NBN Co is coming under intense lobbying from local councils around Australia to prioritise NBN rollouts in their electorates, NBN Co chief executive, Mike Quigley, has said.
More on the National Broadband Network (NBN).
At the Australian Communications Consumer Action Network (ACCAN) annual conference, Quigley said the company’s new plan to develop a national public information campaign — beginning with a 12-month network rollout plan followed by a three-year network rollout plan — would result in an intensification of current council lobbying.
“That will, obviously, get quite a bit of interest and no doubt that will heighten the amount of lobbying we are currently getting from councils all around Australia to say, ‘You really need to come here soon’,” he said.
“That is in fact a tough issue to deal with, but we are doing our best.”
In June, research commissioned by NBN Co found councils involved in first release sites for the NBN had struggled to prepare for the change and recommended hiring project managers to facilitate the rollout.
Among the key findings is councils believed their engagement with NBN Co was positive, but required a steep learning curve at the start of the project.
“Council staff had to understand the project scope, the impacts on their communities and then manage the exchange of data with NBN Co," the report reads.
"The clear recommendation for future councils was to be prepared for the project before it arrives."
Commenting further, Quigley said the information campaign — which the company had been directed to undertake by the federal government — would become a “core activity” for NBN Co in coming years.
“We will devote considerable resources to that as we do need to educate and inform consumers about what is happening,” he said.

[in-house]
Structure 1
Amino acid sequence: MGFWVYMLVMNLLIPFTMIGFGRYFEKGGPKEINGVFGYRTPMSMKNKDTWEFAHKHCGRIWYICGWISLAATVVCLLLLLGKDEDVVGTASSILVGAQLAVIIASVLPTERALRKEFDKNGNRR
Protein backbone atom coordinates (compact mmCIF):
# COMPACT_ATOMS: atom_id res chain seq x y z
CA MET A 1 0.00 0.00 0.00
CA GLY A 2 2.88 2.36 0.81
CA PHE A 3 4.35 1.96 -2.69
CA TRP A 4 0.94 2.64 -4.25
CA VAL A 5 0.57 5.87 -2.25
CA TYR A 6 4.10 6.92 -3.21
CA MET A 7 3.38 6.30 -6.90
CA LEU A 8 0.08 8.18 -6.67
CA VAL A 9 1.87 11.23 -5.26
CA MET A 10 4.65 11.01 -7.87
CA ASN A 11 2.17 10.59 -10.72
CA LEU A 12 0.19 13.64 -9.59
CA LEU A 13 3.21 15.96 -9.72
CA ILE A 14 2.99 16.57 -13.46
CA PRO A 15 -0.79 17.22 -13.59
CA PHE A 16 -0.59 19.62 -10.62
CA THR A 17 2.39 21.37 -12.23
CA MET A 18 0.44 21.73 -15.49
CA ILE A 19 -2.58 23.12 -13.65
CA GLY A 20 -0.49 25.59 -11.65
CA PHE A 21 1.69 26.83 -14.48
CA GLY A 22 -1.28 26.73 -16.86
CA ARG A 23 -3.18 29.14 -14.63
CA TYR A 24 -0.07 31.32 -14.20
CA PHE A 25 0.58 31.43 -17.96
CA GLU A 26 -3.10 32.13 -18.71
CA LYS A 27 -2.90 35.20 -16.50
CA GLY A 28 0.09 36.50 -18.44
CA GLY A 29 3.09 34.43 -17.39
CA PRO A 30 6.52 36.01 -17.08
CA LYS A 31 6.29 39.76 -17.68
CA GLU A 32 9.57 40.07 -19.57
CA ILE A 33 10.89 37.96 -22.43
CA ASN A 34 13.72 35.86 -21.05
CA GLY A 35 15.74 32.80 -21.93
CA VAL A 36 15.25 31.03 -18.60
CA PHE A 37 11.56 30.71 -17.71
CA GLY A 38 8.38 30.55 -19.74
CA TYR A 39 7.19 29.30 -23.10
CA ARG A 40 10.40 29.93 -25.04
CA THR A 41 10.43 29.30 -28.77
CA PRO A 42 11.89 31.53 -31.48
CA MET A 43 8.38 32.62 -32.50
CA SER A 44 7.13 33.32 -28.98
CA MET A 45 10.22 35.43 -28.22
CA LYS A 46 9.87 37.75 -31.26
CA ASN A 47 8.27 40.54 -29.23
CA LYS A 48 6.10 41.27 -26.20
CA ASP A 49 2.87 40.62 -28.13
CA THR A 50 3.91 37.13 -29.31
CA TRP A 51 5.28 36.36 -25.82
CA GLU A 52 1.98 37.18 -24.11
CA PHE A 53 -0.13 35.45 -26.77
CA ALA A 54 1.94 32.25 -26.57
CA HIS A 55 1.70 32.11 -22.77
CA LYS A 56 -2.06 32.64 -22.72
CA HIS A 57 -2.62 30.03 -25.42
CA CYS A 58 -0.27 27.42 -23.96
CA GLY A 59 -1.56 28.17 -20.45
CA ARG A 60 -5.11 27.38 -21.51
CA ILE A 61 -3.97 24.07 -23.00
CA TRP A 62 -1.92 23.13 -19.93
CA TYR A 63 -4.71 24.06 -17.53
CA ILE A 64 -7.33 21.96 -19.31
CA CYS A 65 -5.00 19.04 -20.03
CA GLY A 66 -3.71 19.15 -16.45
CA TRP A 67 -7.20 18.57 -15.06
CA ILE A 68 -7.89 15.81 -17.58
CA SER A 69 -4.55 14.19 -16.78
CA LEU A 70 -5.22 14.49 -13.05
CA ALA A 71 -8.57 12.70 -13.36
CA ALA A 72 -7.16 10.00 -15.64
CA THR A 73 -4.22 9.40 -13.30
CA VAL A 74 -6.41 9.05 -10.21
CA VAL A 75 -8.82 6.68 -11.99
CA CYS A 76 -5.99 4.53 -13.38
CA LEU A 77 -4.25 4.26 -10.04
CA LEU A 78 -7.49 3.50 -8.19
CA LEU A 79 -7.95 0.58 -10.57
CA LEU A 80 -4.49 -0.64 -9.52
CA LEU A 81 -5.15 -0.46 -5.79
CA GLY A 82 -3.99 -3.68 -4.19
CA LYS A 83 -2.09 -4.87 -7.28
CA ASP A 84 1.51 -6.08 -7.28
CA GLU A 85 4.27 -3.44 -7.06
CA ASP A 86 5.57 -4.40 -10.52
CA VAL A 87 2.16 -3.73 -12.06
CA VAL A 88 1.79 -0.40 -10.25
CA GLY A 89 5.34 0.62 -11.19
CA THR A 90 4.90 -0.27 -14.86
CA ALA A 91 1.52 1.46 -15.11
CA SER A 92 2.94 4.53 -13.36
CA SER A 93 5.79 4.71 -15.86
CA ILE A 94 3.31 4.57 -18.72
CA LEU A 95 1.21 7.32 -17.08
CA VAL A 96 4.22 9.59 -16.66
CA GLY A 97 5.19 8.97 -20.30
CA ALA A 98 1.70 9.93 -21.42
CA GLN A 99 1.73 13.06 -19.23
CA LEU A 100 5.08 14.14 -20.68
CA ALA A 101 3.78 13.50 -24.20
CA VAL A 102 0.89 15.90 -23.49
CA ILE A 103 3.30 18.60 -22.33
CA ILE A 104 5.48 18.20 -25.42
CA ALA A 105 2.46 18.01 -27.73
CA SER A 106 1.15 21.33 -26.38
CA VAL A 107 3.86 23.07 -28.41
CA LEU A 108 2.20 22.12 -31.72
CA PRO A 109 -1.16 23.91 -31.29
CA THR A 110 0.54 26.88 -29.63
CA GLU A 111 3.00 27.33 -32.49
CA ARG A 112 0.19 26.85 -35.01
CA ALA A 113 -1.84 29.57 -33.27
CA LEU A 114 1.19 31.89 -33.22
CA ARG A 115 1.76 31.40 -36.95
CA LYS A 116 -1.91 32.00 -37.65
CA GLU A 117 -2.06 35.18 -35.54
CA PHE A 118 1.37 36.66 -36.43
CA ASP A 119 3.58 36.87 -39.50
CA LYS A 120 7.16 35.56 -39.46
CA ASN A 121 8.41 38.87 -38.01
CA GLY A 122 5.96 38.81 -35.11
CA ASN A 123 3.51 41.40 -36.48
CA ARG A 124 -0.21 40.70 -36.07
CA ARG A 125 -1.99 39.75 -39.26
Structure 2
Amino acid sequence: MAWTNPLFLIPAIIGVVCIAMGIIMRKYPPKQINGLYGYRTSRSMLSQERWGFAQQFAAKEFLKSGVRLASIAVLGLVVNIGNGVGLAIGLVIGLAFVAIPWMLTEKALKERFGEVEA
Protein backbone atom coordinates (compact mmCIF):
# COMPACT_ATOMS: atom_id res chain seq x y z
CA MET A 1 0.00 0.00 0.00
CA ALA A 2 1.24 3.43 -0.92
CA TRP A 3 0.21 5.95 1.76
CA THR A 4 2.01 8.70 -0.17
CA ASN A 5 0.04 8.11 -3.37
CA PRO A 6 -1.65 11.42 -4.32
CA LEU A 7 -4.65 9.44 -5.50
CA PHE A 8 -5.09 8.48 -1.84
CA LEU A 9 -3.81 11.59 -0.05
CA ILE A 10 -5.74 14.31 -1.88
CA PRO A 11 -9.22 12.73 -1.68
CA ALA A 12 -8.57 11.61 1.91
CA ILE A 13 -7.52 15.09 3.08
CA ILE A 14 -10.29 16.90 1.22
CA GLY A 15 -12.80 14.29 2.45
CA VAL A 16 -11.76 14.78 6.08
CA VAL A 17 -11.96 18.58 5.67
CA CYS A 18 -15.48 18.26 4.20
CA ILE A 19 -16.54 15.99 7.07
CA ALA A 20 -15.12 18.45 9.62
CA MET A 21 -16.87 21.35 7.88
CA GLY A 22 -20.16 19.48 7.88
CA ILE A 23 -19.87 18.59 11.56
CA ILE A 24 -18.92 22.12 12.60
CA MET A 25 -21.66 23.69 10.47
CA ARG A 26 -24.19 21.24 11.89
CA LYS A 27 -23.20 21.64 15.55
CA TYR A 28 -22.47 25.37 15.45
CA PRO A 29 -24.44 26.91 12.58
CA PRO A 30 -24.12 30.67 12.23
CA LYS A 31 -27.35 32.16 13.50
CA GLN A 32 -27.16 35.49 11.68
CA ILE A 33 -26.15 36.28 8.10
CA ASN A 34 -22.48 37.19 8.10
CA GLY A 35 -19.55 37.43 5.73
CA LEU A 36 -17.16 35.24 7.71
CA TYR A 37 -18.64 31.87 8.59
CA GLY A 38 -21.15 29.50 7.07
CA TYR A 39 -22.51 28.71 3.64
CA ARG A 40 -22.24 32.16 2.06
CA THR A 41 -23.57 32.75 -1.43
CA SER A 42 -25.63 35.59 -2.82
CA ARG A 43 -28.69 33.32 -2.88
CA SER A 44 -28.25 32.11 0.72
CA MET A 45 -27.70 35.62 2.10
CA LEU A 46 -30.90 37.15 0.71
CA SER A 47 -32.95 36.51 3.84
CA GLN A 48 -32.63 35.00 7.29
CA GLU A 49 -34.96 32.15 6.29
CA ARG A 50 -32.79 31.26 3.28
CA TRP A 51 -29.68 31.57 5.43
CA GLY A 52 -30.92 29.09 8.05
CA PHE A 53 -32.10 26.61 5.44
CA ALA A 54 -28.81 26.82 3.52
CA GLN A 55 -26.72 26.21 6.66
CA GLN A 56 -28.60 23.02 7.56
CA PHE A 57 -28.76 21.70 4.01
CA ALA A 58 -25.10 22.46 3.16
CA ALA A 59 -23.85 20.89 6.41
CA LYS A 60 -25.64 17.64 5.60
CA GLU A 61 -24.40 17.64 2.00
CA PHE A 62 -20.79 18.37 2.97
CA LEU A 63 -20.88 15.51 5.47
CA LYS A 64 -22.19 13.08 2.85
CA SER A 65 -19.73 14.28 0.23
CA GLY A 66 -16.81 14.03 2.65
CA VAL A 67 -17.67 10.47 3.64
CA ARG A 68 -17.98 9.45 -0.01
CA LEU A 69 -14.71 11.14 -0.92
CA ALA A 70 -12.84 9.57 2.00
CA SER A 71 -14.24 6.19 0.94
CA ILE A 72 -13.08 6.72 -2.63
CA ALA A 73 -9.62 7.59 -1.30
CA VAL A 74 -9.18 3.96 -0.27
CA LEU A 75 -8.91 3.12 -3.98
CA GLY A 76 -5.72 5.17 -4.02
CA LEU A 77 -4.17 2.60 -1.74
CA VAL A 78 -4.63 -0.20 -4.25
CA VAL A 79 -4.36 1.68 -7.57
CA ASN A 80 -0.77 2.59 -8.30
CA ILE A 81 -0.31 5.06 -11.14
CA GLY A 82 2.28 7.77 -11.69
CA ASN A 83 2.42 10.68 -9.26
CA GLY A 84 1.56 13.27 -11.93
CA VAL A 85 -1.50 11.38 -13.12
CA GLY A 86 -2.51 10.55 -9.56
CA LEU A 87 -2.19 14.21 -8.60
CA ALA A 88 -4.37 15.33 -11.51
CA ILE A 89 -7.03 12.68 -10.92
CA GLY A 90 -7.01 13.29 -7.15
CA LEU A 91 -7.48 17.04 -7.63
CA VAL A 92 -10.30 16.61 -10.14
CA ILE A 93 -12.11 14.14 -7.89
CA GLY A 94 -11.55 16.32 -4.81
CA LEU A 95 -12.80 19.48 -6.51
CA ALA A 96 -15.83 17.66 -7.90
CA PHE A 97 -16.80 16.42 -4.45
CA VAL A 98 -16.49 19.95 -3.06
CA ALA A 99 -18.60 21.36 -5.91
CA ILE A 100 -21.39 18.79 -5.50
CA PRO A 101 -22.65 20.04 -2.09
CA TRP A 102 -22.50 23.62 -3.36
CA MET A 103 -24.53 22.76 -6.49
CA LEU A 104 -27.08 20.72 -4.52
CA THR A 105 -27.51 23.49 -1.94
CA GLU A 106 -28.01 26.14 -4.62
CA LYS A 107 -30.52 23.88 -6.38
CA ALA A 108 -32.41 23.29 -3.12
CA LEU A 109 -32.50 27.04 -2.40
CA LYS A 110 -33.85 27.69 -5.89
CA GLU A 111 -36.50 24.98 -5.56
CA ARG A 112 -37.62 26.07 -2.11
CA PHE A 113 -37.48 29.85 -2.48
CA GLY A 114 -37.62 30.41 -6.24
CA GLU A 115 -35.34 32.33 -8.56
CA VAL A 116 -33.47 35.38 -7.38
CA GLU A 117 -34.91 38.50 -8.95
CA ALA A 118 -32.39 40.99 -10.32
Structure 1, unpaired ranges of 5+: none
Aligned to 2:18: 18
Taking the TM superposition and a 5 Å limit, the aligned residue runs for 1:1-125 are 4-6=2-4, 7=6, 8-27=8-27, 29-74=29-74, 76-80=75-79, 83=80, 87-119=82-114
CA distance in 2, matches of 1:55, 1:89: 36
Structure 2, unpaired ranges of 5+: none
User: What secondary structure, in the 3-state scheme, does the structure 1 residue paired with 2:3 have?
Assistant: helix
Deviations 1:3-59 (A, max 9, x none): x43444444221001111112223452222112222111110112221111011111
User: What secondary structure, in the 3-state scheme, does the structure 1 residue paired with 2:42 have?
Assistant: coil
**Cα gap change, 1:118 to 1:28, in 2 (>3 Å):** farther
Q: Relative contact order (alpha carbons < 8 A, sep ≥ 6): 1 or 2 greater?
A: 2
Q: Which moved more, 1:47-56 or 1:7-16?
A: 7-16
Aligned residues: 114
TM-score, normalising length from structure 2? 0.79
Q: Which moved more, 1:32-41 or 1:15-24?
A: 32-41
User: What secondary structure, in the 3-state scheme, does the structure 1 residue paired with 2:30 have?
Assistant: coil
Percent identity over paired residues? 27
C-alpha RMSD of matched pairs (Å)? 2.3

“It will involve a widespread, as well as regional advertising, it will involve direct mail, online resources ... we have built and will grow a call centre to provide access for consumers and will do a lot of community engagement and stakeholder engagement.
"This really will be nationwide.”
Quigley said advertising campaign will start with a general awareness campaign, then move to a regional awareness campaign.
The 12-month report will include information on when the network will be built in various areas, steps consumers needed to take to migrate to the NBN, and details on how the existing copper network will be decommissioned.
Following the 12-month report, which is due out in a couple of weeks, the indicative three-year plan for the company’s activities through to 2014 will begin production.
Quigley's announcement follows multiple recommendations from the Joint Committee on the NBN that the company should do more to improve information flow to industry and the public.
Recommendations in the report included having NBN Co, together with the Department of Broadband, Communications and the Digital Economy, provide a six-monthly report on the progress of the NBN rollout.
The report also recommended that NBN Co publish timeframes for the rollout of NBN services to regional and remote areas, investigate the impact of the transition to the NBN on currently available levels of service for satellite technology, and formulate contingency plans against potential reduction of capacity in regional and remote areas as a consequence of the NBN rollout.
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